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I have a super class called LClass. Then I create other classes, which extend LClass. For example this are classes for tables in database. ( user, order, etc...) In each of these classes I use some static function getRecordById($id), which returns some array. The difference between these functions, they use different table names for executing. I want to put this static function getRecordById($id) in LClass. The problem is, that function is static, and for this I need some static variables to be set before I do something like $someUser = user::getRecordById($id).
Or any other suggestions?

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Static is evil. You've proven that. –  zerkms Dec 5 '12 at 10:54
    
Is it better to do $user = new user; before $someUser = user::getRecordById($id); ? –  Laz Karimov Dec 5 '12 at 10:56
    
Karimov: yes, much better. According to the last phrases from your question - you need to store some state. That is what object are used for. –  zerkms Dec 5 '12 at 10:59
    
edit, I meant $user = new user(); I considered, that we can also have getRecordByName($name) function. So $id in constructor does not always help. –  Laz Karimov Dec 5 '12 at 11:00
    
Actually I am a bit wrong with placing the previous comment :) That was the answer for @Tom. –  Laz Karimov Dec 5 '12 at 11:05

2 Answers 2

up vote 3 down vote accepted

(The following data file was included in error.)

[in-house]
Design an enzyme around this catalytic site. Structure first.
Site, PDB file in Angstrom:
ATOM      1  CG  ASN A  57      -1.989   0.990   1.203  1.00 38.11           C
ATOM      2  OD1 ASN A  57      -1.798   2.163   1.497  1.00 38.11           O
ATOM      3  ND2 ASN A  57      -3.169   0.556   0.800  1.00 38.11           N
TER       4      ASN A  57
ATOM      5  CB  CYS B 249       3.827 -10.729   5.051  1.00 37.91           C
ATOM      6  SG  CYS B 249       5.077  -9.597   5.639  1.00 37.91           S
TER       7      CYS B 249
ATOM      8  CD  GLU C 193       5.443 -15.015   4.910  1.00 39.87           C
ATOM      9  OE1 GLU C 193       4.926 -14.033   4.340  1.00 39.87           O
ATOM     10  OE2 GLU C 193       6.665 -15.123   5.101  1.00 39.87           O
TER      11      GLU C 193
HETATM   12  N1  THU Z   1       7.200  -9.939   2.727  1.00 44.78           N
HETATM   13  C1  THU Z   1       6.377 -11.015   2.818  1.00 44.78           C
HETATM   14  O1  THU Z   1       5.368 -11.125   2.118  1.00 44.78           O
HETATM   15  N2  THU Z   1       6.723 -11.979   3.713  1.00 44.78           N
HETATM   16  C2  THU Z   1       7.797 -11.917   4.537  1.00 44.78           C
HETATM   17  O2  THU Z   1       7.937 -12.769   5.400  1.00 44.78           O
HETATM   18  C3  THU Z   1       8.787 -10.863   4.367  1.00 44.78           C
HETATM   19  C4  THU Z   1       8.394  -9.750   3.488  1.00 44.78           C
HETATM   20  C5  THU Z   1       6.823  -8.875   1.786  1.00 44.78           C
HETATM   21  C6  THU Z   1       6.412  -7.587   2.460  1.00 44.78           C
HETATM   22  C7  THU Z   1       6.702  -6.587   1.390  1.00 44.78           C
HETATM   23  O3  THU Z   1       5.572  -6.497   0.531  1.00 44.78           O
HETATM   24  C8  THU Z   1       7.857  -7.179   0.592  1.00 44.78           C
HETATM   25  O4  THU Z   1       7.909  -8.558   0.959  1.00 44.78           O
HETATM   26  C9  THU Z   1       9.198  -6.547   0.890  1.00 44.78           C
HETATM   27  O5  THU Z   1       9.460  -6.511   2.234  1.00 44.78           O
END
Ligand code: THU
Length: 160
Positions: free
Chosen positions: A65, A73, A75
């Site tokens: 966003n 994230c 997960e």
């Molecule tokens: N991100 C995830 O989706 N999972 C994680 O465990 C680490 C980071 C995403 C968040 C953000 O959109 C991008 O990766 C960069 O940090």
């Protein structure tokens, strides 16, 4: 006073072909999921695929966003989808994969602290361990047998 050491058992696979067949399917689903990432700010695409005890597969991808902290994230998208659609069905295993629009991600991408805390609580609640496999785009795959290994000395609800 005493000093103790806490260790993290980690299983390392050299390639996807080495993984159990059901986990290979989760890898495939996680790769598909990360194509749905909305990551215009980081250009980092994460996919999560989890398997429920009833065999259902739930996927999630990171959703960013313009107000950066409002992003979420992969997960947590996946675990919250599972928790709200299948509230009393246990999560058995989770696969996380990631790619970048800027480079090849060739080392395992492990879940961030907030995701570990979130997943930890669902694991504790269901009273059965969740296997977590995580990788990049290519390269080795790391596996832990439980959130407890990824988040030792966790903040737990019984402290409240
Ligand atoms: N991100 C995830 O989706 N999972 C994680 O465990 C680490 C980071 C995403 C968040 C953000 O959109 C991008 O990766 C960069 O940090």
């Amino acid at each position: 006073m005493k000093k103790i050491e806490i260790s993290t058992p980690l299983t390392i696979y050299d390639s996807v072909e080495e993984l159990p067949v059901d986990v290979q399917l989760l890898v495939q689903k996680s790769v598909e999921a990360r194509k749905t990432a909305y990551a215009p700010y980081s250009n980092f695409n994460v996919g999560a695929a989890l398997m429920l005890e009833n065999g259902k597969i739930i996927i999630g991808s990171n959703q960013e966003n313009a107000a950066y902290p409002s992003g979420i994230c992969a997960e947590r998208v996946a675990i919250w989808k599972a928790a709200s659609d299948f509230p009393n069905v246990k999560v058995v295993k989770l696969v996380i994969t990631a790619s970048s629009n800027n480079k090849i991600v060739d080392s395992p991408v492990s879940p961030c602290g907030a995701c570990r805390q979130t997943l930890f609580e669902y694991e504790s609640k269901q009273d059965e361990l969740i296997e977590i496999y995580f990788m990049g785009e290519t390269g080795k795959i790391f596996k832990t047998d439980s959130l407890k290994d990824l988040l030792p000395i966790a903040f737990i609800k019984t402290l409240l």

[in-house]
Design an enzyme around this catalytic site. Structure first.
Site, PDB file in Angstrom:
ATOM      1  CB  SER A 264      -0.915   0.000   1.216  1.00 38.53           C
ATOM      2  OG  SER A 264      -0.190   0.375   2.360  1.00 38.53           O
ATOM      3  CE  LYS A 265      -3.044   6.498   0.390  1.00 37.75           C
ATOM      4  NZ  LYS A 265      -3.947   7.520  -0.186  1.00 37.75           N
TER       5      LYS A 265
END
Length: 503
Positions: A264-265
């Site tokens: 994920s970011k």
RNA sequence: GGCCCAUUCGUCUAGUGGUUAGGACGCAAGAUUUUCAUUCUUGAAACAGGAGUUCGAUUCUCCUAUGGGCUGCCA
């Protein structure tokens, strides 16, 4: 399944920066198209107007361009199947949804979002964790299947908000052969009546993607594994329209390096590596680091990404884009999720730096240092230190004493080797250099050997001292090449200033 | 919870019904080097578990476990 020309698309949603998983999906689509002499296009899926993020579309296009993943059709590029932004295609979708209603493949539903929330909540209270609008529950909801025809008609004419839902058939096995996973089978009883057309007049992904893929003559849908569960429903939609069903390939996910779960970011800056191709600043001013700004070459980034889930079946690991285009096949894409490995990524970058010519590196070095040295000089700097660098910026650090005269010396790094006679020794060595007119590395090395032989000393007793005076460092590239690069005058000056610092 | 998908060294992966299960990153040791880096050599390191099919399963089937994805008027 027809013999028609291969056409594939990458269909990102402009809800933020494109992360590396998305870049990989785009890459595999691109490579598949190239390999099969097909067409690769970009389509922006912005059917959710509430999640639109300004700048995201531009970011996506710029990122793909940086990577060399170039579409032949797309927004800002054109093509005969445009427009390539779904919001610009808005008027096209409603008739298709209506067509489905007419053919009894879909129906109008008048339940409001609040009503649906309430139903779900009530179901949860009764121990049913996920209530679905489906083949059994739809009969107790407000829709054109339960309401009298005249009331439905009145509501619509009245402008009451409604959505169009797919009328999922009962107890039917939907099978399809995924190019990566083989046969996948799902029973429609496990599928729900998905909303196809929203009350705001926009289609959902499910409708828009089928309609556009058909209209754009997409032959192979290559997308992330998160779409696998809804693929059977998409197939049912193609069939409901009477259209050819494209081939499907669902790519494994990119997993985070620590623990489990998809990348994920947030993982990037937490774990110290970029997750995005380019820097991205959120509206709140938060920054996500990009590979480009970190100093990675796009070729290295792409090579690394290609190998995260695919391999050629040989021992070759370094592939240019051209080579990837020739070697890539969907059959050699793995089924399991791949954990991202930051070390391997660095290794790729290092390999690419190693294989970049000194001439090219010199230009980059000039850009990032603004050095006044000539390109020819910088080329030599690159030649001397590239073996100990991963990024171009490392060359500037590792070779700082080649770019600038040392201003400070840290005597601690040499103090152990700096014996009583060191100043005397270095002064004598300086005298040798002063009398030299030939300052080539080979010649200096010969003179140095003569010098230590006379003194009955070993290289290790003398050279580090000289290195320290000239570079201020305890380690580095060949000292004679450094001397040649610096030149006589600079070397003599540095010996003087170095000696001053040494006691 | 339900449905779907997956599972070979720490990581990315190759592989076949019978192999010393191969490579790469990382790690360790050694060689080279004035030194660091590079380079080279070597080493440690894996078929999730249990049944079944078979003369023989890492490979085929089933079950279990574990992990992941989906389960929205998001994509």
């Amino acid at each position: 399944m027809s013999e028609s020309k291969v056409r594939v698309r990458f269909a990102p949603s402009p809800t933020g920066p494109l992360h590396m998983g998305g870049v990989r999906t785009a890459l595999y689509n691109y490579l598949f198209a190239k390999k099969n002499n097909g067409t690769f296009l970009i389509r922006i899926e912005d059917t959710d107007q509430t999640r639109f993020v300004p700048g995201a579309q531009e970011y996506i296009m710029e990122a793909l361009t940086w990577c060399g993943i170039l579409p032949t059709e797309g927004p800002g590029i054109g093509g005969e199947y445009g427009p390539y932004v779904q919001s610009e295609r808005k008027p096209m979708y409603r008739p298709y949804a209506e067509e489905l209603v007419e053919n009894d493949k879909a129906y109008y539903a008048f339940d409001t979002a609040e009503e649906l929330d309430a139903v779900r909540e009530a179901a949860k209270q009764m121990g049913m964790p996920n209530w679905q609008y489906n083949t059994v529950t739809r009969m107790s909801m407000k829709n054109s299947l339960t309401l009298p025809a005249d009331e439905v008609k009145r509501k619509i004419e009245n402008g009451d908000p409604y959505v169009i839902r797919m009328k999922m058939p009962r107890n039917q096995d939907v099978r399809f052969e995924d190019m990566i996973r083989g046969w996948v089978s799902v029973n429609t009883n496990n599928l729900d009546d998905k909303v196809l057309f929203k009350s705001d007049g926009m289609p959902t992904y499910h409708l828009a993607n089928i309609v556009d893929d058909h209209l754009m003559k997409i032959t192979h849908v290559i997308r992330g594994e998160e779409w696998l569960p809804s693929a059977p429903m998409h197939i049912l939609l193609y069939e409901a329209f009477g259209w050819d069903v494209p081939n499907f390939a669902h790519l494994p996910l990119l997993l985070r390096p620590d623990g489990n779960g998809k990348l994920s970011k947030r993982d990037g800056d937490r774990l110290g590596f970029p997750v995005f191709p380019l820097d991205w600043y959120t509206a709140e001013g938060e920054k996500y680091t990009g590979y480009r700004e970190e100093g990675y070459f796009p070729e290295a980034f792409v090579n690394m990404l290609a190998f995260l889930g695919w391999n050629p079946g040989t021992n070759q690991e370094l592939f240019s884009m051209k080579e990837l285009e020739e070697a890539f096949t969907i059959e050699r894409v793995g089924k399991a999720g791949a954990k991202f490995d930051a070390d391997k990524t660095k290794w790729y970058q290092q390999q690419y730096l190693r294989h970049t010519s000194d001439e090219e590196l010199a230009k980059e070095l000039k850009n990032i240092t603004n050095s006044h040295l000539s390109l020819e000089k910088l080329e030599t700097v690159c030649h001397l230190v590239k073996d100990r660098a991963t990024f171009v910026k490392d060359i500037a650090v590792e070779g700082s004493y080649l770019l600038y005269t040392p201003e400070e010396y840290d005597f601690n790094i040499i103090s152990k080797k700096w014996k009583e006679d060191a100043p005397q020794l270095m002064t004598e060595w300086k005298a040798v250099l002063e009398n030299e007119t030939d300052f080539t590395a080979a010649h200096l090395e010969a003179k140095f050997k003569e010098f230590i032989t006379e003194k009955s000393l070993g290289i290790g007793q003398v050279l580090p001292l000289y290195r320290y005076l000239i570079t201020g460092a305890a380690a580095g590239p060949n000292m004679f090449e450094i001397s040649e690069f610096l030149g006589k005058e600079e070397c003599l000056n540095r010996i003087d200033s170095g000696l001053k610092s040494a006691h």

Programming exclusively using static methods is not object oriented programming, it's "class oriented" programming. And it's essentially the same as procedural code with a sliver of namespacing. Static methods have their use, but it is limited. Static methods should never do the main work of a class.

Read How Not To Kill Your Testability Using Statics.

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Yes, but in classes can also be some not static functions. In case of saving some records. –  Laz Karimov Dec 5 '12 at 11:03
    
Yes, there can be. There should be. If you start instantiating your objects and use non-static methods, then you've started practicing OOP. –  deceze Dec 5 '12 at 11:05
    
@deceze if you make your answer less extreme by providing an example of a situation where static makes sense, I'll not write my own answer! :) –  markus Dec 5 '12 at 11:13
    
@markus I have written about that long and hard in the linked article. It's actually very moderate, not extreme at all. :) Changed the answer a bit to reflect that. –  deceze Dec 5 '12 at 11:36
    
Well, I agree, I try to avoid static... but telling the OP that it's evil may not be the best thing to do. Anyways, your answer is now more balanced for my taste. And nice article, btw. –  markus Dec 5 '12 at 11:44

Avoid static methods. As simple as that.

Regarding your comment on the original question, consider the following code example:

$user = new User($id);
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